Amedisys agrees to $150M false claims settlement


In what's been called the largest home healthcare settlement in the history of the False Claims Act, Amedisys, Inc. and its affiliates agreed to pay $150 million to the federal government to settle allegations of filing false Medicare claims, the U.S. Department of Justice announced last week. The settlement resolves seven lawsuits alleging the company improperly billed Medicare between 2008 and 2010 for services that were medically unnecessary, provided to patients who weren't homebound, or provided to clients who didn't need skilled care and therapy, Bloomberg reported.

"These billing violations were the alleged result of management pressure on nurses and therapists to provide care based on the financial benefits to Amedisys rather than the needs of patients," the Department of Justice stated.   

Prosecutors also alleged Amedisys employees coordinated patient care at below-market rates for a Georgia-based oncology practice that referred patients to the company, according to the Associated Press. Since hospice providers depend on referrals, payers should watch for improper financial relationships and marketing activities involving providers and outside businesses, as FierceHealthPayer: Anti-Fraud reported.

The Amedisys settlement is "a relatively massive amount considering the size of the company and its current financial condition," according to a report Bloomberg referenced; the settlement does not constitute admission of wrongdoing.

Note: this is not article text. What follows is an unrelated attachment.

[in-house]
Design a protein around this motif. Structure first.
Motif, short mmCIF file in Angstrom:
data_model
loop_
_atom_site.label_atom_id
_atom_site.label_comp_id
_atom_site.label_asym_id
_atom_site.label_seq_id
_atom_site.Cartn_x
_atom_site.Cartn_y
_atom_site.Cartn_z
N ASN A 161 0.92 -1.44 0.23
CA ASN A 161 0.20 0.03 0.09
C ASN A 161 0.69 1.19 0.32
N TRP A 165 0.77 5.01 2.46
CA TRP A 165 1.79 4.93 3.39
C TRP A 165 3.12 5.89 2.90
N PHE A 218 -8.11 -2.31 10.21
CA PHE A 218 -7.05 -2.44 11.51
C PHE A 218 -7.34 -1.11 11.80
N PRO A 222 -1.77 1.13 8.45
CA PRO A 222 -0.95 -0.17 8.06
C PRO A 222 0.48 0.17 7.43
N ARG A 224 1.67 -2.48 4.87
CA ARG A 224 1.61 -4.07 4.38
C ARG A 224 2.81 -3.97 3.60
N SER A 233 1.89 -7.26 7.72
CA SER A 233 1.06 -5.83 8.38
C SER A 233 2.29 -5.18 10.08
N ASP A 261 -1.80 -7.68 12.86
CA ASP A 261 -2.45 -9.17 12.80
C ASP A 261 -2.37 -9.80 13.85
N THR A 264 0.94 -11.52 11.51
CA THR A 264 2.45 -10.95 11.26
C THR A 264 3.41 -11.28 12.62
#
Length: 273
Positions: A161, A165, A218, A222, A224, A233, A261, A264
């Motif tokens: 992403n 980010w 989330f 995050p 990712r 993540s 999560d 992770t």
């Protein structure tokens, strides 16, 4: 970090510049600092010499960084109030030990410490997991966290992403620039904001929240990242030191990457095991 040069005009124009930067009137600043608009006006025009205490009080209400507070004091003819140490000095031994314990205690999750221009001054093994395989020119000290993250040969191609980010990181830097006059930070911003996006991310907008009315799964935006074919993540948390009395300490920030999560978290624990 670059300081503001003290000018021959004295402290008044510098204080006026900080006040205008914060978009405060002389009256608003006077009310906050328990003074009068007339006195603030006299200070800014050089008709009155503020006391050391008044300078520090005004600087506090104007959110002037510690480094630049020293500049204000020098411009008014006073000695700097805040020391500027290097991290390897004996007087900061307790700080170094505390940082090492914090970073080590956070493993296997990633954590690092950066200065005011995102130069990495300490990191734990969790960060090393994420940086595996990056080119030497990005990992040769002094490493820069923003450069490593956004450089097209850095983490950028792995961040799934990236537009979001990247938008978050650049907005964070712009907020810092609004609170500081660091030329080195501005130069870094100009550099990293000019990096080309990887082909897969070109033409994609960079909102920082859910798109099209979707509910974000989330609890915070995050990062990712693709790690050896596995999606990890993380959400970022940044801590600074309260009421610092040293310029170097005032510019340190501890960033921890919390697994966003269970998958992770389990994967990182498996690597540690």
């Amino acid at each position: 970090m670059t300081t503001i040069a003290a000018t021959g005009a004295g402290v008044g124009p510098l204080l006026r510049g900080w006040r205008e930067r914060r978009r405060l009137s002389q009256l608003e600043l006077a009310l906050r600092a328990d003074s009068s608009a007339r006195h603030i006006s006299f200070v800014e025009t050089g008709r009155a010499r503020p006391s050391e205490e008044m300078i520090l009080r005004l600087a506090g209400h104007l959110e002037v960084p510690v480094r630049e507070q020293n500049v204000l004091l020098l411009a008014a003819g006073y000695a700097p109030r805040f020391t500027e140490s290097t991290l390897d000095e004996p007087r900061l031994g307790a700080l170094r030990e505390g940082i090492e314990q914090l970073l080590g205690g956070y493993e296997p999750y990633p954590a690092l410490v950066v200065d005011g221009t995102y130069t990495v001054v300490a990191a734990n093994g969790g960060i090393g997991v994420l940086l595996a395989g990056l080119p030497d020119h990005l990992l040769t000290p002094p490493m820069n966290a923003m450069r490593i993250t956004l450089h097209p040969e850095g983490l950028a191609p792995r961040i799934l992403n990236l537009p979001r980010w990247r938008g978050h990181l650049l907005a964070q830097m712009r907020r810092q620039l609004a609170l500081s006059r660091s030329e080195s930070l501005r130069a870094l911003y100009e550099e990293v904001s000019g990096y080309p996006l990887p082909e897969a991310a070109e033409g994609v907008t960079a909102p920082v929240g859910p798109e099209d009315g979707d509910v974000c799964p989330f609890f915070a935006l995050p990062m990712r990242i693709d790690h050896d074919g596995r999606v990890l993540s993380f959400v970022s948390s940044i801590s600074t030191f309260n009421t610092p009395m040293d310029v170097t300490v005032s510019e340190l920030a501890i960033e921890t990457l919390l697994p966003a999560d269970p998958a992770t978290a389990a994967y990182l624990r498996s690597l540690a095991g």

Operating in 37 states, the District of Columbia and Puerto Rico, Louisiana-based Amedisys is one of the nation's largest home health and hospice providers. The corporation services more than 380,000 patients annually and works with more than 2,200 hospitals and 61,000 physicians, Bloomberg noted.

Whistleblowers in this case will share more than $26 million. The first to come forward was fomer Amedisys employee April Brown, a single mother of two, who found herself scheduled on nursing shifts with the highest degree of difficulty after reporting alleged wrongdoing, according to an announcement from law firm Frohsin & Barger. Brown subsequently lost her job and almost lost her home; now she's slated to collect more than $15 million. 

For more:
- see the DOJ announcement
- here's the Bloomberg article
- read the AP article
- here's the Frohsin & Barger announcement

Related Articles:
Home care, hospice fraud trends to watch
Feds trumpet 'banner year for civil fraud recoveries'
Healthcare fraud prevention gives big bang for the buck
CMS backs off some home healthcare cuts
CMS proposes 2014 payment cuts to home healthcare